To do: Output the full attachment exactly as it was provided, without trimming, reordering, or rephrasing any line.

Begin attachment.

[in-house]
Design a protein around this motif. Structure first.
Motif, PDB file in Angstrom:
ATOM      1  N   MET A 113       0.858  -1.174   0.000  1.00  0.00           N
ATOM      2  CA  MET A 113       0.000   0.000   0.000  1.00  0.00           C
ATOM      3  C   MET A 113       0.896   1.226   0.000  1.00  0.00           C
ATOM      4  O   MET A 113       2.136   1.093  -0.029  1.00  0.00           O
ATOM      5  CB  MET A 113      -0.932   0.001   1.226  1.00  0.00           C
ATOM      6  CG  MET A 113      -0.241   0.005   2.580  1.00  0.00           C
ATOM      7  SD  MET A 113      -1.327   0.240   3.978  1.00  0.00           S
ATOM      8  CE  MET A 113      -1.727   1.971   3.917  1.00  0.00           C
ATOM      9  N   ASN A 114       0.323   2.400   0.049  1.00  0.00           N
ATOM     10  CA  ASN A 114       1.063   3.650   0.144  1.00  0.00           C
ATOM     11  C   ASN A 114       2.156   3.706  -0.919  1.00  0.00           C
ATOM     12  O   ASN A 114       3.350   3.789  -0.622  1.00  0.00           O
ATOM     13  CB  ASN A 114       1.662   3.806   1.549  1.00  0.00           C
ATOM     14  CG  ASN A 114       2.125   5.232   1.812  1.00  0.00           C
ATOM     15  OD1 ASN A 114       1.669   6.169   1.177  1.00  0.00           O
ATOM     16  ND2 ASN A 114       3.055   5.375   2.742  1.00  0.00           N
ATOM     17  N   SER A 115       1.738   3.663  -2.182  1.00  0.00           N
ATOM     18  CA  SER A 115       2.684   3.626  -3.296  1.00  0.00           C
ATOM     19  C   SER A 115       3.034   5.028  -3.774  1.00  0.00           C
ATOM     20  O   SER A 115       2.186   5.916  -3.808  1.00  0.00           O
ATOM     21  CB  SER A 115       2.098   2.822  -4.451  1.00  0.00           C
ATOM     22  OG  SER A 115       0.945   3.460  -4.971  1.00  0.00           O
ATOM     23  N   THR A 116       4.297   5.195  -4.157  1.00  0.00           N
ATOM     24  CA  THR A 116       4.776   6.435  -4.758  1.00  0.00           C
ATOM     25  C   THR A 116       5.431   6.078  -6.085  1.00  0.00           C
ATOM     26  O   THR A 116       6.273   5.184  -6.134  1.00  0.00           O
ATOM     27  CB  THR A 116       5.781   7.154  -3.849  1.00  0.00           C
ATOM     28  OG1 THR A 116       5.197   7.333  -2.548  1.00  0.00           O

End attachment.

[in-house]
Design a protein around this motif. Structure first.
Motif, PDB file in Angstrom:
ATOM      1  N   MET A 113       0.858  -1.174   0.000  1.00  0.00           N
ATOM      2  CA  MET A 113       0.000   0.000   0.000  1.00  0.00           C
ATOM      3  C   MET A 113       0.896   1.226   0.000  1.00  0.00           C
ATOM      4  O   MET A 113       2.136   1.093  -0.029  1.00  0.00           O
ATOM      5  CB  MET A 113      -0.932   0.001   1.226  1.00  0.00           C
ATOM      6  CG  MET A 113      -0.241   0.005   2.580  1.00  0.00           C
ATOM      7  SD  MET A 113      -1.327   0.240   3.978  1.00  0.00           S
ATOM      8  CE  MET A 113      -1.727   1.971   3.917  1.00  0.00           C
ATOM      9  N   ASN A 114       0.323   2.400   0.049  1.00  0.00           N
ATOM     10  CA  ASN A 114       1.063   3.650   0.144  1.00  0.00           C
ATOM     11  C   ASN A 114       2.156   3.706  -0.919  1.00  0.00           C
ATOM     12  O   ASN A 114       3.350   3.789  -0.622  1.00  0.00           O
ATOM     13  CB  ASN A 114       1.662   3.806   1.549  1.00  0.00           C
ATOM     14  CG  ASN A 114       2.125   5.232   1.812  1.00  0.00           C
ATOM     15  OD1 ASN A 114       1.669   6.169   1.177  1.00  0.00           O
ATOM     16  ND2 ASN A 114       3.055   5.375   2.742  1.00  0.00           N
ATOM     17  N   SER A 115       1.738   3.663  -2.182  1.00  0.00           N
ATOM     18  CA  SER A 115       2.684   3.626  -3.296  1.00  0.00           C
ATOM     19  C   SER A 115       3.034   5.028  -3.774  1.00  0.00           C
ATOM     20  O   SER A 115       2.186   5.916  -3.808  1.00  0.00           O
ATOM     21  CB  SER A 115       2.098   2.822  -4.451  1.00  0.00           C
ATOM     22  OG  SER A 115       0.945   3.460  -4.971  1.00  0.00           O
ATOM     23  N   THR A 116       4.297   5.195  -4.157  1.00  0.00           N
ATOM     24  CA  THR A 116       4.776   6.435  -4.758  1.00  0.00           C
ATOM     25  C   THR A 116       5.431   6.078  -6.085  1.00  0.00           C
ATOM     26  O   THR A 116       6.273   5.184  -6.134  1.00  0.00           O
ATOM     27  CB  THR A 116       5.781   7.154  -3.849  1.00  0.00           C
ATOM     28  OG1 THR A 116       5.197   7.333  -2.548  1.00  0.00           O